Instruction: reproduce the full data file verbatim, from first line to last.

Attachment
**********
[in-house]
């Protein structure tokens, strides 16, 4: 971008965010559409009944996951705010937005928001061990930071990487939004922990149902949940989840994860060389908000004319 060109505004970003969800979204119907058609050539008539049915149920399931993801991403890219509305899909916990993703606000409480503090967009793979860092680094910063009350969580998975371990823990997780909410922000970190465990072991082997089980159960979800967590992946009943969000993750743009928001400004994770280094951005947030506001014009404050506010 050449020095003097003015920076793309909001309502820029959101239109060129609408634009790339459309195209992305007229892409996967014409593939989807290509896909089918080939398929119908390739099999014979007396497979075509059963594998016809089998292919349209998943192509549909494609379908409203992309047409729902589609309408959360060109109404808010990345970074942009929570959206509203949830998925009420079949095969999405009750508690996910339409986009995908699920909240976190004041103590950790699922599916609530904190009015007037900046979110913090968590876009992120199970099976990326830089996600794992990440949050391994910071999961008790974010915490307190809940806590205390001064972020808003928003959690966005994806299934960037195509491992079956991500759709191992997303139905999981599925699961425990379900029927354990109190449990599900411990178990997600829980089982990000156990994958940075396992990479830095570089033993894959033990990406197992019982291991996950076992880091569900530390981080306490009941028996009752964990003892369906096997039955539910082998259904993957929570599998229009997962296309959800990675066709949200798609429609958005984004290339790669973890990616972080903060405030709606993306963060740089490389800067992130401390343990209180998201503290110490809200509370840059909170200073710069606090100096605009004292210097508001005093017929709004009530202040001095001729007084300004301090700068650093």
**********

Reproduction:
[in-house]
């Protein structure tokens, strides 16, 4: 971008965010559409009944996951705010937005928001061990930071990487939004922990149902949940989840994860060389908000004319 060109505004970003969800979204119907058609050539008539049915149920399931993801991403890219509305899909916990993703606000409480503090967009793979860092680094910063009350969580998975371990823990997780909410922000970190465990072991082997089980159960979800967590992946009943969000993750743009928001400004994770280094951005947030506001014009404050506010 050449020095003097003015920076793309909001309502820029959101239109060129609408634009790339459309195209992305007229892409996967014409593939989807290509896909089918080939398929119908390739099999014979007396497979075509059963594998016809089998292919349209998943192509549909494609379908409203992309047409729902589609309408959360060109109404808010990345970074942009929570959206509203949830998925009420079949095969999405009750508690996910339409986009995908699920909240976190004041103590950790699922599916609530904190009015007037900046979110913090968590876009992120199970099976990326830089996600794992990440949050391994910071999961008790974010915490307190809940806590205390001064972020808003928003959690966005994806299934960037195509491992079956991500759709191992997303139905999981599925699961425990379900029927354990109190449990599900411990178990997600829980089982990000156990994958940075396992990479830095570089033993894959033990990406197992019982291991996950076992880091569900530390981080306490009941028996009752964990003892369906096997039955539910082998259904993957929570599998229009997962296309959800990675066709949200798609429609958005984004290339790669973890990616972080903060405030709606993306963060740089490389800067992130401390343990209180998201503290110490809200509370840059909170200073710069606090100096605009004292210097508001005093017929709004009530202040001095001729007084300004301090700068650093």